In order to compare forecasts in which the underlying data has widely different scales, you should use a scaled error metric.

### Mean Absolute Percent Error

How many of us have been asked to provide a forecast or a prediction that should be within +/- 2% of the final number? This is a great example of an accuracy measure, and is known as “Mean Absolute Percent Error” or MAPE. Like Mean Absolute Error (MAE), MAPE is very easy to understand, calculate, and explain. It can also be used when you have forecasts at different scales.

\[ \begin{aligned} \text{MAPE} &= \frac{100\%}{n} \times \left(\frac{|\text{Error}_1|}{\text{Actuals}_1} + \frac{|\text{Error}_2|}{\text{Actuals}_2} \right) \\ &= \frac{100\%}{2} \times \left(\frac{|1|}{25} + \frac{|-1|}{23}\right) \\ &= 4.18\% \end{aligned} \]

product | forecast | actuals | absolute error | absolute percent error |
---|---|---|---|---|

Product 1 | 26 | 25 | 1 | 1/25 = 4% |

Product 2 | 22 | 23 | 1 | 1/23 = 4.34% |

Mean | 1 | 4.18% |

### Careful with MAPE!

For many cases, MAPE is an ideal metric to use because of how easy it is for folks to understand and interpret. However, MAPE isn’t perfect - it can be *infinitely large*. For example, let’s say that you had a revenue forecast at $9M and the actuals came in at $1M. Then, the percent error is 800%. Then, our data becomes:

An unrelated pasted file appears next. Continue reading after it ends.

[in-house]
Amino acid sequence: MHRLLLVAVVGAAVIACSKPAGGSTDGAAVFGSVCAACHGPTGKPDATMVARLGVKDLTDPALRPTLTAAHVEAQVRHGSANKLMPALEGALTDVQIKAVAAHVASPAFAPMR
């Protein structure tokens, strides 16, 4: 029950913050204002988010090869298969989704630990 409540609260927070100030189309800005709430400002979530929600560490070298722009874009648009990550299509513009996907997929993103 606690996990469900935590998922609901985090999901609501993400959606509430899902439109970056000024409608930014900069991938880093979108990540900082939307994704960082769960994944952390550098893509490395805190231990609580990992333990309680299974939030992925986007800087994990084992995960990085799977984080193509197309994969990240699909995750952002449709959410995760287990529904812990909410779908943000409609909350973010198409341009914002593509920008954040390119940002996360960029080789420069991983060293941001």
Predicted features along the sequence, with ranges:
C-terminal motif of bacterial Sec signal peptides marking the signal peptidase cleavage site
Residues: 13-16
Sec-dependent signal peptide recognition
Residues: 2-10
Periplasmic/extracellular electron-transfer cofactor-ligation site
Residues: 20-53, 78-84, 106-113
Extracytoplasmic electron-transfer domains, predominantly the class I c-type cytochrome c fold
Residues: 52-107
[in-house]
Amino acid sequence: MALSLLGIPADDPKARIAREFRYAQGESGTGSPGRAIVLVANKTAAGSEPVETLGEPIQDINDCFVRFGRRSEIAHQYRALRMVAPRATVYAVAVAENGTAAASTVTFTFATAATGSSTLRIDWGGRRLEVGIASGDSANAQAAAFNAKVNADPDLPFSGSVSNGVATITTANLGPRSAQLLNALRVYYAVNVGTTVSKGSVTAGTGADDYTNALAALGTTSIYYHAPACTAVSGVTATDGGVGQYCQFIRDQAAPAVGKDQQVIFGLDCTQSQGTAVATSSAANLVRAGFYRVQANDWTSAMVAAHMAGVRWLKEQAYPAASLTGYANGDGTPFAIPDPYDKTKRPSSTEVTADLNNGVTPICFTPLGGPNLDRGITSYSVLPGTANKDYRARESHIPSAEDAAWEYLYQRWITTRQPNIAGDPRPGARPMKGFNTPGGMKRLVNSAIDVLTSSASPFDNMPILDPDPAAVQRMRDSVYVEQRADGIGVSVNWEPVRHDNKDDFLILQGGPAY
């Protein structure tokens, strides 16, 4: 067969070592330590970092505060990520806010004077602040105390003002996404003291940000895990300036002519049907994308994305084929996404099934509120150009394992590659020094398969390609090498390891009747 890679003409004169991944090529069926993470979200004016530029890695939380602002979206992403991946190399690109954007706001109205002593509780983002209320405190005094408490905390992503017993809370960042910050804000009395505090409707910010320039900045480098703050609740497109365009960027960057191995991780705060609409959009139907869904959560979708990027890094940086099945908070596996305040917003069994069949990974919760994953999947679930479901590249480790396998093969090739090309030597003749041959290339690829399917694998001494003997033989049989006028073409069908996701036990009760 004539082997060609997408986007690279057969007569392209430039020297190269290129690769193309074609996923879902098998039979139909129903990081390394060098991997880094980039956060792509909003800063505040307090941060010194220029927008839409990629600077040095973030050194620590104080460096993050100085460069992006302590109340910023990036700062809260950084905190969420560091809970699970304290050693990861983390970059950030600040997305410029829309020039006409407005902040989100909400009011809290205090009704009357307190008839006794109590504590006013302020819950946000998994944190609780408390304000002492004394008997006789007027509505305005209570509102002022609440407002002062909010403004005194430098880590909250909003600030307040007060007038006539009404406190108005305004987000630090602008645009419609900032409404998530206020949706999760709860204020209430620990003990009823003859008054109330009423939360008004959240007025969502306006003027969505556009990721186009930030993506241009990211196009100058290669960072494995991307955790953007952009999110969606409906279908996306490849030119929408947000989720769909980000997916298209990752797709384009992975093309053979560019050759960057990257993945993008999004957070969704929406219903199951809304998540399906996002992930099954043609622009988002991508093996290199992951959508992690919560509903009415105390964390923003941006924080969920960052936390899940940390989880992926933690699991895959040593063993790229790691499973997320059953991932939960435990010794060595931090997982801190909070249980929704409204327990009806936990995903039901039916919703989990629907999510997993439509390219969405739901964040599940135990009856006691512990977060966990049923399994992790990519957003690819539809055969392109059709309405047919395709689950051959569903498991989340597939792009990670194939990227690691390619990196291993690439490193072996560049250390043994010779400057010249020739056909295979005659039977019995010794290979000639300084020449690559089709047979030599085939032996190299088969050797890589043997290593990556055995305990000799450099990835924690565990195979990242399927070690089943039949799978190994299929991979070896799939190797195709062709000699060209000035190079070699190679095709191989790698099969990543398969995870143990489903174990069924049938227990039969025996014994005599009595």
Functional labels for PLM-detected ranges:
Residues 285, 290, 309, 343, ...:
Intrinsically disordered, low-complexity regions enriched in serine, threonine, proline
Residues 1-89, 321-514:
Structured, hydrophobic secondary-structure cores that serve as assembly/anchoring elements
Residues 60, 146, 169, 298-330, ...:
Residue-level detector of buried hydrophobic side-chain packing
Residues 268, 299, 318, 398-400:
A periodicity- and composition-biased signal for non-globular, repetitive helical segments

product | forecast | actuals | absolute error | absolute percent error |
---|---|---|---|---|

Product 1 | 26 | 25 | 1 | 1/25 = 4% |

Product 2 | 22 | 23 | 1 | 1/23 = 4.34% |

Product 3 | 9 | 1 | 8 | 8/1 = 800% |

Mean | 269.5% |

Now, instead of making our model look better than it actually is, it’s making it look *worse* because that one product is skewing the results.

This example is due to the non-symmetric nature of MAPE. If you set your forecast to $0 or very nearly zero, then the percent error will be **at most** 100%. But if you set your forecast infinitely higher than the actuals, then the MAPE would go to infinity too. Here at work I’ve seen scores in the 127,000% MAPE range.